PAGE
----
Seed From Madagascar

Overview

Long before there were cobblestone streets along the Charleston battery, there was rice and there were slaves-the twin pillars upon which colonial Carolina wealth was built. But by the Civil War both began to crumble along with the planter aristocracy they supported. Seed from Madagascar chronicles the linked tragedies of the prominent Heyward family and South Carolina's rice industry while underscoring the integral role African Americans played in the fortunes of the planter class and the precious crop. As much ...
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Overview

Long before there were cobblestone streets along the Charleston battery, there was rice and there were slaves-the twin pillars upon which colonial Carolina wealth was built. But by the Civil War both began to crumble along with the planter aristocracy they supported. Seed from Madagascar chronicles the linked tragedies of the prominent Heyward family and South Carolina's rice industry while underscoring the integral role African Americans played in the fortunes of the planter class and the precious crop. As much about race as about rice, Duncan Clinch Heyward's account offers keen insights into Gullah culture and the paternalism of the low country planters. He describes the master-slave relationship, the planting and marketing of rice, and the changes wrought by the Civil War. Peter Coclanis's vivid new introduction to this Southern Classics edition places Heyward's chronicle in its historical and cultural context, making Seed from Madagascar as important today as when it first appeared in the 1930s.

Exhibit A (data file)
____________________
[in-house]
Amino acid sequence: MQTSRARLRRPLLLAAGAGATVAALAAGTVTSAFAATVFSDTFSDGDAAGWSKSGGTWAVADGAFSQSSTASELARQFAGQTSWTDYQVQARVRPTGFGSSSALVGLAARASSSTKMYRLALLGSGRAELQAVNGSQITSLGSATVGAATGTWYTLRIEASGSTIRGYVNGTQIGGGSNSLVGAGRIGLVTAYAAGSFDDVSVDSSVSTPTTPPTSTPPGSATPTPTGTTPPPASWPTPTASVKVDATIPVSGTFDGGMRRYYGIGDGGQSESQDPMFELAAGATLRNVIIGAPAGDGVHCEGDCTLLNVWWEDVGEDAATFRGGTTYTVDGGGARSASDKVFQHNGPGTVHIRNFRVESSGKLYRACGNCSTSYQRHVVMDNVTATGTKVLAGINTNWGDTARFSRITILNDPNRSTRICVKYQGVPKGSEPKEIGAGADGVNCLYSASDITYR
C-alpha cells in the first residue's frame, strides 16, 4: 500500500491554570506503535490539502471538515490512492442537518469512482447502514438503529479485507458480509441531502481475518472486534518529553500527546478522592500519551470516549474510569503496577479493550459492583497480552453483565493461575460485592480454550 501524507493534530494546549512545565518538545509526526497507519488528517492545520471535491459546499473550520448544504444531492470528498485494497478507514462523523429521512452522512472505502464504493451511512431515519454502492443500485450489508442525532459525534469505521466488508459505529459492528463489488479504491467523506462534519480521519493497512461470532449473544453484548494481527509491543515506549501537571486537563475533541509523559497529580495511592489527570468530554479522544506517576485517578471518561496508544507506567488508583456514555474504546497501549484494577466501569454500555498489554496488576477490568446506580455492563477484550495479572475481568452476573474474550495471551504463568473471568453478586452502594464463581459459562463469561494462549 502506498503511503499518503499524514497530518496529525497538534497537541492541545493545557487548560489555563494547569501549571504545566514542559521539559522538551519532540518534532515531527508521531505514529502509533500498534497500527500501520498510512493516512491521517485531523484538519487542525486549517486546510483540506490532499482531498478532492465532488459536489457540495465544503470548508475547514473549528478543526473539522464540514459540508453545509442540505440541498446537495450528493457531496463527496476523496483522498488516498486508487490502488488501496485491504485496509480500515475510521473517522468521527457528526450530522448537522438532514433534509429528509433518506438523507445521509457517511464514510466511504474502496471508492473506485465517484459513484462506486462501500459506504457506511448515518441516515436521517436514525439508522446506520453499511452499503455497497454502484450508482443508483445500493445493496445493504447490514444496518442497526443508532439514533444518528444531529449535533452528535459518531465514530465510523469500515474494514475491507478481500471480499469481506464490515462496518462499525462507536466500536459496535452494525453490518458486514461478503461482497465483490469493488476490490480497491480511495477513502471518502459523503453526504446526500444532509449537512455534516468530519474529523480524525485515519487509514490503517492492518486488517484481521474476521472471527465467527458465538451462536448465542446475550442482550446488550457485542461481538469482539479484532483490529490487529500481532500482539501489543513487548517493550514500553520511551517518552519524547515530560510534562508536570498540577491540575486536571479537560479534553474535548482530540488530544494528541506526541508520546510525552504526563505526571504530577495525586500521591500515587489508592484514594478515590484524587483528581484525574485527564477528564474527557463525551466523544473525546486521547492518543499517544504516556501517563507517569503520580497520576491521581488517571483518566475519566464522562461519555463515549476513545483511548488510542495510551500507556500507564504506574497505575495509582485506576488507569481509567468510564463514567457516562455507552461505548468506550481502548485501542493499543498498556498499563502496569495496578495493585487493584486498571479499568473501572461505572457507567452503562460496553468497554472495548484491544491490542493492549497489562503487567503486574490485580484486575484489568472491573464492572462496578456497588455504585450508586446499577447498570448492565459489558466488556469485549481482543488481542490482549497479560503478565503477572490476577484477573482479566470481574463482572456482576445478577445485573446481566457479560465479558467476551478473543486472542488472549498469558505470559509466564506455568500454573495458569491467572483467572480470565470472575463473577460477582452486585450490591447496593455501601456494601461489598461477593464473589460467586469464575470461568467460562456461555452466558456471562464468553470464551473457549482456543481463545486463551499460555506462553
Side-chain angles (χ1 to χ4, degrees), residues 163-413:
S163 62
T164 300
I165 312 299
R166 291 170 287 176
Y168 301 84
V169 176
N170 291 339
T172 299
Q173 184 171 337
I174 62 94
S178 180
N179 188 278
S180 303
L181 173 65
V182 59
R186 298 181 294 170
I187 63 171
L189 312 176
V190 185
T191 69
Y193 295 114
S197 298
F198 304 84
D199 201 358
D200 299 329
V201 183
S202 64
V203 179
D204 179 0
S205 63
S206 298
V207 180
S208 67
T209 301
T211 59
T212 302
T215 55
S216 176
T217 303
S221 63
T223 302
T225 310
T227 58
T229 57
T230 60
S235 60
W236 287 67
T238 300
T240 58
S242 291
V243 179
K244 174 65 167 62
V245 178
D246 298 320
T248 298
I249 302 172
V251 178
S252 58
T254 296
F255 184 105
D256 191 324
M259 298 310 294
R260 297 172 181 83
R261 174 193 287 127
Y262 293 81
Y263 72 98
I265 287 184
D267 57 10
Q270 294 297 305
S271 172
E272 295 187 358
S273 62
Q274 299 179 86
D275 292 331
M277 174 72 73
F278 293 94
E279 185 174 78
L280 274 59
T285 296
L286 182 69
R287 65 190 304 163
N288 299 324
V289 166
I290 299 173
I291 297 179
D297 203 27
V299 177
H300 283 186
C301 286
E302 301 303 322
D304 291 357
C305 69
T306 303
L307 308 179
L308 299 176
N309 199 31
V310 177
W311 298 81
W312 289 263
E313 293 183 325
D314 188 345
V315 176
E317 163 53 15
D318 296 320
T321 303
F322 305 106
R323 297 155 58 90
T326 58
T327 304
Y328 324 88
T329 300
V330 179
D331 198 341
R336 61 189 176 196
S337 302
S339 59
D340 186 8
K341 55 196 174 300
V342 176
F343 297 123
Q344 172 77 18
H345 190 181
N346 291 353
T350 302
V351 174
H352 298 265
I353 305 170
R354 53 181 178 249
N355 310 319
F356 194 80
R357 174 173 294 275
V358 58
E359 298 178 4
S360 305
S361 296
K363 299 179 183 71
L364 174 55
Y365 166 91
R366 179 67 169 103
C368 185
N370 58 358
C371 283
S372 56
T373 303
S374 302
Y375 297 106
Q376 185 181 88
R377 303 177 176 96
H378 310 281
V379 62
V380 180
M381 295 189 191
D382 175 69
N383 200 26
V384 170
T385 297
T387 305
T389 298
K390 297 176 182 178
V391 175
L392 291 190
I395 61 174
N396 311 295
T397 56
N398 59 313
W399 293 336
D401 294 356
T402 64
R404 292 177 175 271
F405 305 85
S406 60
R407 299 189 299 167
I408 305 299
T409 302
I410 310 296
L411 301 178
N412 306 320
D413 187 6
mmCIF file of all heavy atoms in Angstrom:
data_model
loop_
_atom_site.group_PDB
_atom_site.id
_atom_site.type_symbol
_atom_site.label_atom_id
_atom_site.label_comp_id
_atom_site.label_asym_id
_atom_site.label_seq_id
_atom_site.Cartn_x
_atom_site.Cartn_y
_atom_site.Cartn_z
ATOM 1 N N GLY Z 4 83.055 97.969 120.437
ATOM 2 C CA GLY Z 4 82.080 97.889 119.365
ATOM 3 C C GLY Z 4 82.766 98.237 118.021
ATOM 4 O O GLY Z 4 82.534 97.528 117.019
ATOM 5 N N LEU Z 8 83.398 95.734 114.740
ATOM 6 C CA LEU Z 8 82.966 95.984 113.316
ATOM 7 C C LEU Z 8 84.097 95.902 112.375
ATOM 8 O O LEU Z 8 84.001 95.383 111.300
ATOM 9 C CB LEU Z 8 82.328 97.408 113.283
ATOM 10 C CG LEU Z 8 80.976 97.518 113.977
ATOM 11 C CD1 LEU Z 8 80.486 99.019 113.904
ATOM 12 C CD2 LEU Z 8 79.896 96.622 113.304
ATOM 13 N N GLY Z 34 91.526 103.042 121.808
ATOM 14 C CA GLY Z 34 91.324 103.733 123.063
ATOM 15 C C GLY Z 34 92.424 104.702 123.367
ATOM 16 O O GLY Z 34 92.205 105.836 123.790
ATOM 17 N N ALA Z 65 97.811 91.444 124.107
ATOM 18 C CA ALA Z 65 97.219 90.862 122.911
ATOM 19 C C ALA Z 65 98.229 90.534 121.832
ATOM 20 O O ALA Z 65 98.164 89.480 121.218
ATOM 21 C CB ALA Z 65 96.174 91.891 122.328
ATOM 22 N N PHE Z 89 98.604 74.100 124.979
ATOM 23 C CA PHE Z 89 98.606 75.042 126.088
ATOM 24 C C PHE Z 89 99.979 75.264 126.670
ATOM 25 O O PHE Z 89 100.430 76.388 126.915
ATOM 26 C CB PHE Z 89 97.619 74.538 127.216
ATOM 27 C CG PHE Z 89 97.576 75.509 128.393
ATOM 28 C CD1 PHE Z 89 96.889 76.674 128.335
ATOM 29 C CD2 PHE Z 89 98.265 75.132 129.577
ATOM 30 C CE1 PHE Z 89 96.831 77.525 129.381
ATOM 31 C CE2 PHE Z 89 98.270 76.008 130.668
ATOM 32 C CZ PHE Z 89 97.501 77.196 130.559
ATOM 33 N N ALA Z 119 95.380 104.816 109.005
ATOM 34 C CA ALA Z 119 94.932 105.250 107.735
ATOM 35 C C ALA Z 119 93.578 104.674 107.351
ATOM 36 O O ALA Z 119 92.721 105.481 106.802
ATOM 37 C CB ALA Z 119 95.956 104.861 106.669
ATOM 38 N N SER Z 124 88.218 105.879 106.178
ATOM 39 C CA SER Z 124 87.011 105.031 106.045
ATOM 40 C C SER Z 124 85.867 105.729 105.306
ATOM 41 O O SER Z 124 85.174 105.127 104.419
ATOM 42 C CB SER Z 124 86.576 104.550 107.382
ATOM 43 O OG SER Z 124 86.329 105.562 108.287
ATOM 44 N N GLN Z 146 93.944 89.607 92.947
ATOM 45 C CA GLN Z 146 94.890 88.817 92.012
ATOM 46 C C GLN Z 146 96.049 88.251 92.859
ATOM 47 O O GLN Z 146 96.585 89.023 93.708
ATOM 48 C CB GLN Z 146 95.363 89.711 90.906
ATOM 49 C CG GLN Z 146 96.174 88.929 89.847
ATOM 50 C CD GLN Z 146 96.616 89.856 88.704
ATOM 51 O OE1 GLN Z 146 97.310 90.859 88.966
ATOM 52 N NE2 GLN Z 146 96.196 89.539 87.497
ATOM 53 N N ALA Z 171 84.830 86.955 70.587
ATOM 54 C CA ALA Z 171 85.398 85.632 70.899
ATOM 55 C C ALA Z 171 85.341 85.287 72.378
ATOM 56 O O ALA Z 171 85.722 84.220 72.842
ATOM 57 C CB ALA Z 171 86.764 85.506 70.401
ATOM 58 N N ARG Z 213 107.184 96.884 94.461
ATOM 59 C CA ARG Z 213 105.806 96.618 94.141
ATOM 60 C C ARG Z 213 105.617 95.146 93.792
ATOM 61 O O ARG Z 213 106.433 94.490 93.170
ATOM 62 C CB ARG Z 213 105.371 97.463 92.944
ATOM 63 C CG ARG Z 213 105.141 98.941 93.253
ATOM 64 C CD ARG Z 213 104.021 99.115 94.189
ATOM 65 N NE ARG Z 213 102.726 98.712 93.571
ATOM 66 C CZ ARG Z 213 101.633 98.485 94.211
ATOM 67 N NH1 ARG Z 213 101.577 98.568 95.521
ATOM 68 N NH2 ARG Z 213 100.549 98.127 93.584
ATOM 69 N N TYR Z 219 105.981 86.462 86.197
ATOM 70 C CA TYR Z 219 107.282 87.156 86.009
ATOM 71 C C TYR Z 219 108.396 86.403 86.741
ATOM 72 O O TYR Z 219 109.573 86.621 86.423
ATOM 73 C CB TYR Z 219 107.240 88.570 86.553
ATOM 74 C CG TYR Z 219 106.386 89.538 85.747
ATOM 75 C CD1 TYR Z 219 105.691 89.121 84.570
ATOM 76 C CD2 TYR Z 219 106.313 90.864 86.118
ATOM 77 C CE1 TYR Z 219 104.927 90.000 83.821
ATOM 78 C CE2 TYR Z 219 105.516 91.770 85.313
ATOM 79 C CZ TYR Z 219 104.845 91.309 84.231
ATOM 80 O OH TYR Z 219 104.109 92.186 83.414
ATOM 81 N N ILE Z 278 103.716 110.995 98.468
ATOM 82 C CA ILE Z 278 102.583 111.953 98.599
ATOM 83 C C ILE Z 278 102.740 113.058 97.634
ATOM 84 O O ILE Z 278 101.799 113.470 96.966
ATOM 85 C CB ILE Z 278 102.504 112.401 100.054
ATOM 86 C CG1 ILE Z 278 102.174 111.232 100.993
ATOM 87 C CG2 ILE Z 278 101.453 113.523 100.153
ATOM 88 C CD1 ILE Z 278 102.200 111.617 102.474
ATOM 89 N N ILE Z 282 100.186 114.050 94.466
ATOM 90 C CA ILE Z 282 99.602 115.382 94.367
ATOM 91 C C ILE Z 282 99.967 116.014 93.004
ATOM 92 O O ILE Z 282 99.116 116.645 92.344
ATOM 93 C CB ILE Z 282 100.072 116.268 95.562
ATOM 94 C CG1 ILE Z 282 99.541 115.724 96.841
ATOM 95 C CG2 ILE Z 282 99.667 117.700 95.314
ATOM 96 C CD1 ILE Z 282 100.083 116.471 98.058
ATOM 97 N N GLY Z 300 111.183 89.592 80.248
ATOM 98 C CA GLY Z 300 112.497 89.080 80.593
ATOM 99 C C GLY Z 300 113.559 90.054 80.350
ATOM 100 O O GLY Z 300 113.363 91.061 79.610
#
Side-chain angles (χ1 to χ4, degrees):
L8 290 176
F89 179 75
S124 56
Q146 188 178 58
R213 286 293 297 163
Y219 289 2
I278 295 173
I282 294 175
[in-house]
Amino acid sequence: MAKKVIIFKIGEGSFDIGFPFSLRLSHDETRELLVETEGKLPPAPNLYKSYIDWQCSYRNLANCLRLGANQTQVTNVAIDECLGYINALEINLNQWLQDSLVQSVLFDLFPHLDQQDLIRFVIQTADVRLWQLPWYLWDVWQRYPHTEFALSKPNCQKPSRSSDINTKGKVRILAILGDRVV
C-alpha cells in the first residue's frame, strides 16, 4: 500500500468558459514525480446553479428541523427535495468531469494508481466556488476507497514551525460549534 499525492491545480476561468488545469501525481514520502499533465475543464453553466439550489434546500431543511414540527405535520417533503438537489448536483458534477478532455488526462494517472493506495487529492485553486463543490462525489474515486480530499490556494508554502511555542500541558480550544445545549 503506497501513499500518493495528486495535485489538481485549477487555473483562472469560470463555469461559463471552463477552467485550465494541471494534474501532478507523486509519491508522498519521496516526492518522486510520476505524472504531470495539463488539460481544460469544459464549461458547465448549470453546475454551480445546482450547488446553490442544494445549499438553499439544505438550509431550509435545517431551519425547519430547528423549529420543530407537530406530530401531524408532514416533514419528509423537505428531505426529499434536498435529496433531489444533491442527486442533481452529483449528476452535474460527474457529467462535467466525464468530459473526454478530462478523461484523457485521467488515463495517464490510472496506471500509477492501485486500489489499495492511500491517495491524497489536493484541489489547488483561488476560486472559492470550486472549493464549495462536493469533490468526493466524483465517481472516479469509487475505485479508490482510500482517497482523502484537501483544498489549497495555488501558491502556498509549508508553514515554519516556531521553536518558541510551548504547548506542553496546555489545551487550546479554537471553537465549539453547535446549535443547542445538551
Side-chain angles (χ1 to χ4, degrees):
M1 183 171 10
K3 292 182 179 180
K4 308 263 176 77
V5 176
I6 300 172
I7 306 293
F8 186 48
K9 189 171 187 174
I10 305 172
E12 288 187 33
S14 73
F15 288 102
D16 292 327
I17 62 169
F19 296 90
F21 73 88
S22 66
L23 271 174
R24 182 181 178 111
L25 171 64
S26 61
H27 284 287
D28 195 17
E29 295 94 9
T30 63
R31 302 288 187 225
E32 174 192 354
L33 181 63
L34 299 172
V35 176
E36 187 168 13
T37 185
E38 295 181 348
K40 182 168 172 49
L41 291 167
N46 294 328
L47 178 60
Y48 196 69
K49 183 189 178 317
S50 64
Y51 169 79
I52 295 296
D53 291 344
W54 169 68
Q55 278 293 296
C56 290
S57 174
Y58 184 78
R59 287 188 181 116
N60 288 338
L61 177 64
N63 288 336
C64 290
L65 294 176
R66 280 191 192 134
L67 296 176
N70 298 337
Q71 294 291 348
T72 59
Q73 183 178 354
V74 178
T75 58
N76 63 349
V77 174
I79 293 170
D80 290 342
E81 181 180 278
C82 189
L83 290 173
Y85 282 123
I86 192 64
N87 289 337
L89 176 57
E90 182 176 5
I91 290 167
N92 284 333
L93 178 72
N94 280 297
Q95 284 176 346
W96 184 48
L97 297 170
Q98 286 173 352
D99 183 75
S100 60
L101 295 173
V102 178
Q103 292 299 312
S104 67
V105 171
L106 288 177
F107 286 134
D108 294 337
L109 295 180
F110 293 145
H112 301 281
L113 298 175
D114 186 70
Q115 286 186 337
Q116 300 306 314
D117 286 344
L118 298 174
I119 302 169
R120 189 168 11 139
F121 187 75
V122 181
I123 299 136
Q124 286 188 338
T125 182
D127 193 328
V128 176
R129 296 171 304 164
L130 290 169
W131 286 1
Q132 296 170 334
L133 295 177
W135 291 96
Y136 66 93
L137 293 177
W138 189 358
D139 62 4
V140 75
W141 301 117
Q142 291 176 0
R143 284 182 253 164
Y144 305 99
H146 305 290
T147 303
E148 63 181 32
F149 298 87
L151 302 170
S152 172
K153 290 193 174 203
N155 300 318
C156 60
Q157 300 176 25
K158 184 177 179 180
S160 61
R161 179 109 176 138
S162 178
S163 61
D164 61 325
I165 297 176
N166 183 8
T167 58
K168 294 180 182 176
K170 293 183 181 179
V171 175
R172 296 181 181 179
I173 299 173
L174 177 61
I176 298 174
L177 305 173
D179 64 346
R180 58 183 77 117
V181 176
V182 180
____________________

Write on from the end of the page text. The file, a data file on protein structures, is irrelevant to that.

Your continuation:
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Product Details

  • ISBN-13: 9780872498945
  • Publisher: University of South Carolina Press
  • Publication date: 10/12/2011
  • Series: Southern Classics Series
  • Edition description: REPRINT
  • Pages: 322
  • Sales rank: 1,255,340
  • Product dimensions: 6.00 (w) x 9.00 (h) x 0.72 (d)

Meet the Author


Duncan Clinch Heyward (1864-1943) served as governor of South Carolina from 1903 to 1907.

Peter A. Coclanis is the Albert Ray Newsome Distinguished Professor for the Study of the South and director of the Global Research Institute at the University of North Carolina at Chapel Hill. He is the author of numerous works in U.S. and international economic history, including The Shadow of a Dream: Economic Life and Death in the South Carolina Low Country, 1670-1920 and The South, the Nation, and the World: Perspectives on Southern Economic Development (with David L. Carlton).

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